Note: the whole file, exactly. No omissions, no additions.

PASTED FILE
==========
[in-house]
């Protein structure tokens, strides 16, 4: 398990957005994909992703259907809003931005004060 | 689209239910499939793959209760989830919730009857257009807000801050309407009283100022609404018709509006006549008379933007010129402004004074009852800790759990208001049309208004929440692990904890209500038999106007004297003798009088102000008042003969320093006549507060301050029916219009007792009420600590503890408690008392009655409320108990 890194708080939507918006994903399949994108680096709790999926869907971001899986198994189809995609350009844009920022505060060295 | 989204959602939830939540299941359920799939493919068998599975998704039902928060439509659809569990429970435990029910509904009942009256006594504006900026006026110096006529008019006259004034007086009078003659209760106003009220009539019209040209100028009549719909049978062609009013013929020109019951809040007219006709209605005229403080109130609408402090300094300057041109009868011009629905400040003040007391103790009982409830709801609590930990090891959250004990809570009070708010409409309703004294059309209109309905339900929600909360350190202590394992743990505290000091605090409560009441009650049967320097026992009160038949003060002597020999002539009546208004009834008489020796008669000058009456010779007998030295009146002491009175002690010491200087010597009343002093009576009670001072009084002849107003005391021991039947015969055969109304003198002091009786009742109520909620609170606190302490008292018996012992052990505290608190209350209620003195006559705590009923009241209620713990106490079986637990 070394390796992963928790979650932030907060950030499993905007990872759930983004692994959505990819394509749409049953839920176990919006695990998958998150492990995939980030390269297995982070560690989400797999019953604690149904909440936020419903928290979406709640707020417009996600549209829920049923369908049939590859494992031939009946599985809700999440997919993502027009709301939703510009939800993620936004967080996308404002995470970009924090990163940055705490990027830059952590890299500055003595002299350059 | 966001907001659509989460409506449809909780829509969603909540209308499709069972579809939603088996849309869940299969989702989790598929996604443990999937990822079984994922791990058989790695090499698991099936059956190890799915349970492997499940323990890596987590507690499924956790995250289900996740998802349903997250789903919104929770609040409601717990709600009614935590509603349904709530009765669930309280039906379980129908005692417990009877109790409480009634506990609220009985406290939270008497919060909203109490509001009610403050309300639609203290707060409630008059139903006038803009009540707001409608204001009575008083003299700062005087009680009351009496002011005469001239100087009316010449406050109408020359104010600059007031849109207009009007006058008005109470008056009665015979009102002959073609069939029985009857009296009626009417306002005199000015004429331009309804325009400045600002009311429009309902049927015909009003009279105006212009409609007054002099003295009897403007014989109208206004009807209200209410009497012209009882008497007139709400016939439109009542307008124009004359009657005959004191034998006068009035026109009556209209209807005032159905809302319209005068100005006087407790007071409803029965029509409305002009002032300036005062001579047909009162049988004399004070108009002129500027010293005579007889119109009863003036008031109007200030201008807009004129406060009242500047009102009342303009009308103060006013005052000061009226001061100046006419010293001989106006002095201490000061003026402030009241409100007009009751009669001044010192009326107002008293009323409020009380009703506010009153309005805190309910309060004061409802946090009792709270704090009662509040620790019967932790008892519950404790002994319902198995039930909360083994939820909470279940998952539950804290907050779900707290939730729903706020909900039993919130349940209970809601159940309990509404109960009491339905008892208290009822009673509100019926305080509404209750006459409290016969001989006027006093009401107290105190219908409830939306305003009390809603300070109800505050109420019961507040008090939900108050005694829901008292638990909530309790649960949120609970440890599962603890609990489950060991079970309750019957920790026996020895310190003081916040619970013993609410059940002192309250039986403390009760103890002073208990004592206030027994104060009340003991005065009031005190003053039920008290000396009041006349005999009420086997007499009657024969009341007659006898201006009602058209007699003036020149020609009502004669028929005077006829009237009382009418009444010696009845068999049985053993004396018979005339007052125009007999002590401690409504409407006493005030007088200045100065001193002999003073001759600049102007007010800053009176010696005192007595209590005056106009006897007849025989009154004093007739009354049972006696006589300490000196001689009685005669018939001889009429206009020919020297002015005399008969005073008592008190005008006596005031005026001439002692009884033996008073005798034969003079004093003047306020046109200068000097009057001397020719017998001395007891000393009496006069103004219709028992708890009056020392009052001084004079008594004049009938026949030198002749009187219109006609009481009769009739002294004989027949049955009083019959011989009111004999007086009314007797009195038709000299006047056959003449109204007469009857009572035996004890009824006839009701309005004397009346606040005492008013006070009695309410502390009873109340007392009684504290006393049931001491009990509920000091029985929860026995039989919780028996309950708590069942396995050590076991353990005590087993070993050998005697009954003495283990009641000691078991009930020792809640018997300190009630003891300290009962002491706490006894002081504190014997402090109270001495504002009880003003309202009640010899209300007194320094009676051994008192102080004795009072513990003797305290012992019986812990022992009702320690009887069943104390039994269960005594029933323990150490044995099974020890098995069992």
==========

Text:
[in-house]
């Protein structure tokens, strides 16, 4: 398990957005994909992703259907809003931005004060 | 689209239910499939793959209760989830919730009857257009807000801050309407009283100022609404018709509006006549008379933007010129402004004074009852800790759990208001049309208004929440692990904890209500038999106007004297003798009088102000008042003969320093006549507060301050029916219009007792009420600590503890408690008392009655409320108990 890194708080939507918006994903399949994108680096709790999926869907971001899986198994189809995609350009844009920022505060060295 | 989204959602939830939540299941359920799939493919068998599975998704039902928060439509659809569990429970435990029910509904009942009256006594504006900026006026110096006529008019006259004034007086009078003659209760106003009220009539019209040209100028009549719909049978062609009013013929020109019951809040007219006709209605005229403080109130609408402090300094300057041109009868011009629905400040003040007391103790009982409830709801609590930990090891959250004990809570009070708010409409309703004294059309209109309905339900929600909360350190202590394992743990505290000091605090409560009441009650049967320097026992009160038949003060002597020999002539009546208004009834008489020796008669000058009456010779007998030295009146002491009175002690010491200087010597009343002093009576009670001072009084002849107003005391021991039947015969055969109304003198002091009786009742109520909620609170606190302490008292018996012992052990505290608190209350209620003195006559705590009923009241209620713990106490079986637990 070394390796992963928790979650932030907060950030499993905007990872759930983004692994959505990819394509749409049953839920176990919006695990998958998150492990995939980030390269297995982070560690989400797999019953604690149904909440936020419903928290979406709640707020417009996600549209829920049923369908049939590859494992031939009946599985809700999440997919993502027009709301939703510009939800993620936004967080996308404002995470970009924090990163940055705490990027830059952590890299500055003595002299350059 | 966001907001659509989460409506449809909780829509969603909540209308499709069972579809939603088996849309869940299969989702989790598929996604443990999937990822079984994922791990058989790695090499698991099936059956190890799915349970492997499940323990890596987590507690499924956790995250289900996740998802349903997250789903919104929770609040409601717990709600009614935590509603349904709530009765669930309280039906379980129908005692417990009877109790409480009634506990609220009985406290939270008497919060909203109490509001009610403050309300639609203290707060409630008059139903006038803009009540707001409608204001009575008083003299700062005087009680009351009496002011005469001239100087009316010449406050109408020359104010600059007031849109207009009007006058008005109470008056009665015979009102002959073609069939029985009857009296009626009417306002005199000015004429331009309804325009400045600002009311429009309902049927015909009003009279105006212009409609007054002099003295009897403007014989109208206004009807209200209410009497012209009882008497007139709400016939439109009542307008124009004359009657005959004191034998006068009035026109009556209209209807005032159905809302319209005068100005006087407790007071409803029965029509409305002009002032300036005062001579047909009162049988004399004070108009002129500027010293005579007889119109009863003036008031109007200030201008807009004129406060009242500047009102009342303009009308103060006013005052000061009226001061100046006419010293001989106006002095201490000061003026402030009241409100007009009751009669001044010192009326107002008293009323409020009380009703506010009153309005805190309910309060004061409802946090009792709270704090009662509040620790019967932790008892519950404790002994319902198995039930909360083994939820909470279940998952539950804290907050779900707290939730729903706020909900039993919130349940209970809601159940309990509404109960009491339905008892208290009822009673509100019926305080509404209750006459409290016969001989006027006093009401107290105190219908409830939306305003009390809603300070109800505050109420019961507040008090939900108050005694829901008292638990909530309790649960949120609970440890599962603890609990489950060991079970309750019957920790026996020895310190003081916040619970013993609410059940002192309250039986403390009760103890002073208990004592206030027994104060009340003991005065009031005190003053039920008290000396009041006349005999009420086997007499009657024969009341007659006898201006009602058209007699003036020149020609009502004669028929005077006829009237009382009418009444010696009845068999049985053993004396018979005339007052125009007999002590401690409504409407006493005030007088200045100065001193002999003073001759600049102007007010800053009176010696005192007595209590005056106009006897007849025989009154004093007739009354049972006696006589300490000196001689009685005669018939001889009429206009020919020297002015005399008969005073008592008190005008006596005031005026001439002692009884033996008073005798034969003079004093003047306020046109200068000097009057001397020719017998001395007891000393009496006069103004219709028992708890009056020392009052001084004079008594004049009938026949030198002749009187219109006609009481009769009739002294004989027949049955009083019959011989009111004999007086009314007797009195038709000299006047056959003449109204007469009857009572035996004890009824006839009701309005004397009346606040005492008013006070009695309410502390009873109340007392009684504290006393049931001491009990509920000091029985929860026995039989919780028996309950708590069942396995050590076991353990005590087993070993050998005697009954003495283990009641000691078991009930020792809640018997300190009630003891300290009962002491706490006894002081504190014997402090109270001495504002009880003003309202009640010899209300007194320094009676051994008192102080004795009072513990003797305290012992019986812990022992009702320690009887069943104390039994269960005594029933323990150490044995099974020890098995069992």